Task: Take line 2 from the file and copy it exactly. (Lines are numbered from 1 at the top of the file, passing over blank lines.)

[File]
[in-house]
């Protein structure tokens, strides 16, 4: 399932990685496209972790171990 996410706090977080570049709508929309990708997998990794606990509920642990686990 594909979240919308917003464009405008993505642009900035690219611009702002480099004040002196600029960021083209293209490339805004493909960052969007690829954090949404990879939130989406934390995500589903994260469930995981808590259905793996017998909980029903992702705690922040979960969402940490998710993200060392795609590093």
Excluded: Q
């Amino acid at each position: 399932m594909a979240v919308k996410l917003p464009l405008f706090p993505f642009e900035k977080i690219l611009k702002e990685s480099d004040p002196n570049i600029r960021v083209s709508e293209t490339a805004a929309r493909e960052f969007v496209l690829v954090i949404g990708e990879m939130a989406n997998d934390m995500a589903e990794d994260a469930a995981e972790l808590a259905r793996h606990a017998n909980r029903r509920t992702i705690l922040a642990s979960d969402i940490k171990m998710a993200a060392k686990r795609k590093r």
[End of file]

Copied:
């Protein structure tokens, strides 16, 4: 399932990685496209972790171990 996410706090977080570049709508929309990708997998990794606990509920642990686990 594909979240919308917003464009405008993505642009900035690219611009702002480099004040002196600029960021083209293209490339805004493909960052969007690829954090949404990879939130989406934390995500589903994260469930995981808590259905793996017998909980029903992702705690922040979960969402940490998710993200060392795609590093």